From her house, we headed to my brother's.  We picked up lunch and lounged through a pre-family-big-Christmas-meal snack at his place with my niece before heading to my mother's for our Christmas celebration.

We had too many presents (but that's fun, right?).  My mom asked my niece if she had any idea who had sent 2 John Green books and some coloring books, pencils and sharpeners to my mom's, saying, "It's really weird, they are addressed to me, but I think they were meant for you."

My niece replied, "Well, they were all on my Christmas wish list, so I think someone knew what they were doing..."

At which point, my mom, sheepishly said, "Oh, I should probably check my Amazon.  I probably ordered them for you off your list..."

No harm, no foul, though.  Niece got double presents from grandma, so all is well.

E & I went to bed at 11:30 and I slept 'til 9, he slept 'til 11 AM today.  Amazing -- longest night of sleep for both of us in ages.  After an easy 3 miler, we headed to Beach Hut Deli for lunch, where I silently toasted Dad with my beer and wished him and all of his heavenly cronies a Merry Christmas.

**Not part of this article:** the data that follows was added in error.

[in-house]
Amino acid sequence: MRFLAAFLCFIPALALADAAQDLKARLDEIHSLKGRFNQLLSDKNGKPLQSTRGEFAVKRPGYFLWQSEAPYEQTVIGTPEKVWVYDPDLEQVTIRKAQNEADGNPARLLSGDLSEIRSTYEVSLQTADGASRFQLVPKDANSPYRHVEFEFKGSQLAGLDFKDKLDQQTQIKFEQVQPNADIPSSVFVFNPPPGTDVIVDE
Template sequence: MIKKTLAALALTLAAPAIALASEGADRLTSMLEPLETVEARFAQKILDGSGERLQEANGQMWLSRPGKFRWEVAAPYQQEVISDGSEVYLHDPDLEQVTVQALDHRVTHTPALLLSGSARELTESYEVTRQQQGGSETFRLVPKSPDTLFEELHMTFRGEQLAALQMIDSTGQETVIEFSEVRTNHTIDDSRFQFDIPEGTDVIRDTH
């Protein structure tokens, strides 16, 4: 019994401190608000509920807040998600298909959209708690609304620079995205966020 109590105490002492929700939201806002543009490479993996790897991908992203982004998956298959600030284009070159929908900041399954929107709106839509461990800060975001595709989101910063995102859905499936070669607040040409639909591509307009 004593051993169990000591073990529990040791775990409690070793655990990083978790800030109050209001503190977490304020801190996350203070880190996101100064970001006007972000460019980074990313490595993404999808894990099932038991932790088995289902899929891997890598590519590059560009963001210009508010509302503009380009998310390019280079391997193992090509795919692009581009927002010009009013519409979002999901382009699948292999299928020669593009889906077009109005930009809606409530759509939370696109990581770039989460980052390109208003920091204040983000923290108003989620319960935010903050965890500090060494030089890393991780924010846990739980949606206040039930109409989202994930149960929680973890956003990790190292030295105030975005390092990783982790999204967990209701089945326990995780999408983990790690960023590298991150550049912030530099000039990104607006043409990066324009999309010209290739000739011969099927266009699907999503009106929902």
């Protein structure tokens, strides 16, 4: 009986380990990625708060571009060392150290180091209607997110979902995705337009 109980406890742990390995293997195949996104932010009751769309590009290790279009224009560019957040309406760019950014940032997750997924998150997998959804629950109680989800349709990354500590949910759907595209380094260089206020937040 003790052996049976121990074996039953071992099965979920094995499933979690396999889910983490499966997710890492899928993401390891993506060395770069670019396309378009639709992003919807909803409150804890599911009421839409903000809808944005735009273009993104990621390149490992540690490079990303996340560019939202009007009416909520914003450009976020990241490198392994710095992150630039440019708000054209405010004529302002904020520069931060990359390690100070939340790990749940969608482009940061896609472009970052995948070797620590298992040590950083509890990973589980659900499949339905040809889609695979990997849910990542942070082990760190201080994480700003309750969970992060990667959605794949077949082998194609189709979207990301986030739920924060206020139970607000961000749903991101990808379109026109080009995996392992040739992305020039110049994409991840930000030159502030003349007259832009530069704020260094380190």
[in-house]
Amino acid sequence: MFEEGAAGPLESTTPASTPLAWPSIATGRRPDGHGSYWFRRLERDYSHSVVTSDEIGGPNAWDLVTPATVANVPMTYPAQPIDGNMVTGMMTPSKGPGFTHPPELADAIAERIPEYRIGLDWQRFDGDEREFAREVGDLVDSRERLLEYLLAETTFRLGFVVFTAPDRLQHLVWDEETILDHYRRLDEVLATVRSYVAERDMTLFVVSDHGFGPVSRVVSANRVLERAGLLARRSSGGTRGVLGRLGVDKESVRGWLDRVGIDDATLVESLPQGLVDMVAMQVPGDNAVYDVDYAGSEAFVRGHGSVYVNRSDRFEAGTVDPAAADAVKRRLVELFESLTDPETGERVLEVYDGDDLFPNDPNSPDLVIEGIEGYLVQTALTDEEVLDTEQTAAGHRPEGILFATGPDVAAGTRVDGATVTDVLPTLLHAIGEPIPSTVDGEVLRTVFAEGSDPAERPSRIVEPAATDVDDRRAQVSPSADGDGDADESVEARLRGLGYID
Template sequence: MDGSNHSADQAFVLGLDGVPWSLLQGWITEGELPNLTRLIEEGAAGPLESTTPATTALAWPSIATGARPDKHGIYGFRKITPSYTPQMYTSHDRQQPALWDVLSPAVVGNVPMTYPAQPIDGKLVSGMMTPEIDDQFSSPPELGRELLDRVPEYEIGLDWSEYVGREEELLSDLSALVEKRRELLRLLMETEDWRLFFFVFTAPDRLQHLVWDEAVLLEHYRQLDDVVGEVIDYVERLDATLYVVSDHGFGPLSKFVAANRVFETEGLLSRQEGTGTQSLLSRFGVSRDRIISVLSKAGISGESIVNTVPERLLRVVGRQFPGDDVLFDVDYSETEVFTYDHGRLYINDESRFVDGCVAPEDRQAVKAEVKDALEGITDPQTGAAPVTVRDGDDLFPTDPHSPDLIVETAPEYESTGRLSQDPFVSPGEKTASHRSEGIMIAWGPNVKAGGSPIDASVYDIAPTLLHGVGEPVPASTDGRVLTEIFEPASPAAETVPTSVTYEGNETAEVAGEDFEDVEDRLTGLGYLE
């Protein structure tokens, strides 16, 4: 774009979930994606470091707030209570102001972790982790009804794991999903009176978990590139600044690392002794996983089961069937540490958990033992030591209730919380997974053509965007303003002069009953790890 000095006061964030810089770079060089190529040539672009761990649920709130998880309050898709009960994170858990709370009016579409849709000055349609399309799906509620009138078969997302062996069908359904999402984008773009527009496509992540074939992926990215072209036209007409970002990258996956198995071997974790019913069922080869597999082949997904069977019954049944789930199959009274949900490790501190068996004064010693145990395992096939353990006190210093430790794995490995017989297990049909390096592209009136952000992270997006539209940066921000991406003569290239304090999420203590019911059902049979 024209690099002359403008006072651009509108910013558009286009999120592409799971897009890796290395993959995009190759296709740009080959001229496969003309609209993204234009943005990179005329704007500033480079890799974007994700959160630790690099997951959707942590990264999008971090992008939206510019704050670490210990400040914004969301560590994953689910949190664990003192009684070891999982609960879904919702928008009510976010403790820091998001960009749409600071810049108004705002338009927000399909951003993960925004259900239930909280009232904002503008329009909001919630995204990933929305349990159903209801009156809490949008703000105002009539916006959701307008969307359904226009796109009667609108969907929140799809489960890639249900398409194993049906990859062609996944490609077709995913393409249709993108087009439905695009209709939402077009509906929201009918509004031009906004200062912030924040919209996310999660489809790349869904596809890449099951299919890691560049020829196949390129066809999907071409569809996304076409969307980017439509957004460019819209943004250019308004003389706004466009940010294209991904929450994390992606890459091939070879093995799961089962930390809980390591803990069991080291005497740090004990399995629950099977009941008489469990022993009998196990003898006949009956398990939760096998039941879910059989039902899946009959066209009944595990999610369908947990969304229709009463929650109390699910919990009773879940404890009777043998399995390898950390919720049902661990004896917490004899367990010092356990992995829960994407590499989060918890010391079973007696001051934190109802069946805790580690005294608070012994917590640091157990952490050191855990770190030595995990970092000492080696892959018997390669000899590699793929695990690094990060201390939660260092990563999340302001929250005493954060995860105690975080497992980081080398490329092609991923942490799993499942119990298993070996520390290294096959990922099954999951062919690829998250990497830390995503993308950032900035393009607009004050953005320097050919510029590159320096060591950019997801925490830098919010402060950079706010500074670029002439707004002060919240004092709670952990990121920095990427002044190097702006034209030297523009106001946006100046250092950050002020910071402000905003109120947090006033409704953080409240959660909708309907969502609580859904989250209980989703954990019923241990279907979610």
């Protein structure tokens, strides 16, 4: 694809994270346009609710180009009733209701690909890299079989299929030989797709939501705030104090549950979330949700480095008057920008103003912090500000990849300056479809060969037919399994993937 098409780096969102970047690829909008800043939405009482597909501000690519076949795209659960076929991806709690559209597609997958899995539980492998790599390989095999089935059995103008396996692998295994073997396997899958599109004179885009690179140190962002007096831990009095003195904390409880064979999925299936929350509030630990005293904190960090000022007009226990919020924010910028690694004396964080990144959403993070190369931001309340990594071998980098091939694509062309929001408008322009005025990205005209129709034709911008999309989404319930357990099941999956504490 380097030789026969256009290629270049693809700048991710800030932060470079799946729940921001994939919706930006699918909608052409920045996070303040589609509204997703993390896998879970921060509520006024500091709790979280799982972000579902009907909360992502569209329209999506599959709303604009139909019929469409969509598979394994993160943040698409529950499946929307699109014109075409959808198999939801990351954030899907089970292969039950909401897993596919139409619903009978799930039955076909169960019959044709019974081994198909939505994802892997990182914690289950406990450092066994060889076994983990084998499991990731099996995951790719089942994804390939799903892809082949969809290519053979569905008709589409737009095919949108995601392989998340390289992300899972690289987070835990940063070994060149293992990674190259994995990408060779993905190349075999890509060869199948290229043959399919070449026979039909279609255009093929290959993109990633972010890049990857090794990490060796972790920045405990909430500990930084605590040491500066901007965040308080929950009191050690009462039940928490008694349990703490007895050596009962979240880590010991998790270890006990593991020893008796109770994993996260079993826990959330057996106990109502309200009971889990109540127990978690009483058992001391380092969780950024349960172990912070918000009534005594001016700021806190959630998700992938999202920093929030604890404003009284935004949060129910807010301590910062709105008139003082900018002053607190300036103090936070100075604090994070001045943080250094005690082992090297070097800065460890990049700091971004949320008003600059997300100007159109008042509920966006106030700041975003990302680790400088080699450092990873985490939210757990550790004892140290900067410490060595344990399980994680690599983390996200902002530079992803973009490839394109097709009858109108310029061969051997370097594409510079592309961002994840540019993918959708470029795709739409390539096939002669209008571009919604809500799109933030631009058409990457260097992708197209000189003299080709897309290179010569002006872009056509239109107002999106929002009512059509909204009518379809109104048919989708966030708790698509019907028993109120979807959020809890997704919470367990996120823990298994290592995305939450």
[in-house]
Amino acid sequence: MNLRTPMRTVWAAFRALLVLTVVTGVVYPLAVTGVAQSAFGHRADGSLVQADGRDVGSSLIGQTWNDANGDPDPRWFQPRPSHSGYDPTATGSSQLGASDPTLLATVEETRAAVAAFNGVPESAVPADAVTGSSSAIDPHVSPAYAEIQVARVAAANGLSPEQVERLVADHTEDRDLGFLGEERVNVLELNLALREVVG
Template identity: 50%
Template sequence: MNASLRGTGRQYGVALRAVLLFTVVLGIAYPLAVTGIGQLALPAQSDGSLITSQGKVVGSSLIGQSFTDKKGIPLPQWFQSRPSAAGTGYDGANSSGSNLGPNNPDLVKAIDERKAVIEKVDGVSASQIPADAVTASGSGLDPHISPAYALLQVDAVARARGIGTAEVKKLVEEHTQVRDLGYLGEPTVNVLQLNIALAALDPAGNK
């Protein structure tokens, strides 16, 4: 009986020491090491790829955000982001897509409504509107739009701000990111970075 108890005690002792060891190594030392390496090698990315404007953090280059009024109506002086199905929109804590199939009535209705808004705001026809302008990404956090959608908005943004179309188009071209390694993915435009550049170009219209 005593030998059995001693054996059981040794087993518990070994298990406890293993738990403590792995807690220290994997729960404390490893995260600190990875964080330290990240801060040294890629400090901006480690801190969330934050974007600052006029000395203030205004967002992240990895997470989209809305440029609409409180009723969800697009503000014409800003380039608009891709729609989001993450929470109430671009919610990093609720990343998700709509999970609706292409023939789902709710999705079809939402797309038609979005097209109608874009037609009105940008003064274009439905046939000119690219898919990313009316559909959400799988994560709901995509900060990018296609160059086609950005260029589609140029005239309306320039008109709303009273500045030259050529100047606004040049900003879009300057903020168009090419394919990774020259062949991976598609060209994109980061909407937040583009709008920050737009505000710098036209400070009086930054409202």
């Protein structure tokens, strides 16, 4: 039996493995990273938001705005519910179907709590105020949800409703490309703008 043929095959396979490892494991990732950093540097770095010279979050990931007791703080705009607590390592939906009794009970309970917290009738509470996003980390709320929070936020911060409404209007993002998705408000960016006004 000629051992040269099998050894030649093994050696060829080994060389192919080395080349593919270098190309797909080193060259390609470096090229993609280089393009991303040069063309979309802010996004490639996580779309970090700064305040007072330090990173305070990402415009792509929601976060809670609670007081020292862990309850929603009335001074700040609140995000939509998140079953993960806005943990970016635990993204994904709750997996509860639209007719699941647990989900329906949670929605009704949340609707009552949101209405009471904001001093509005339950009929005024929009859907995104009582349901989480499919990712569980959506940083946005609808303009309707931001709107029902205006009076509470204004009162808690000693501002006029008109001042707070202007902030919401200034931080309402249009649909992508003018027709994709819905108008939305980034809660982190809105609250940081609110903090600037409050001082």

From there, we drove to Santa Rosa, taking highway 37, which was so picturesque I regret not taking photos.  We shared a loud and celebratory Christmas Eve dinner with my dad's sisters, my uncle and my cousins, and tomorrow AM we're returning for aebelskivers.

If all goes well, I'll win the text war I've got with my brother to send Xmas wishes out at midnight first (and if I lose, I'll still be second, 'cause mom and sis don't even know there's a contest).  From there, it's off to bed, and up for a run before brunch with the family (and hopefully a videocall with my sis and her kids) followed by a drive across the Golden Gate Bridge home.

All in all, I couldn't be happier with my stereotypically Californian Christmas celebration.

December 21, 2015

Oh What Fun...

It's been a celebratory couple of weeks.

Twilight During The Holidays in SF -- So Festive.

In the last 14 days, I've attended 7 holiday parties.  Each and every one of them was great and something I'm very pleased I did.  I met new people and people I'd only known virtually.  I had fun and enjoyable conversations.  Good food, wine, and hugs.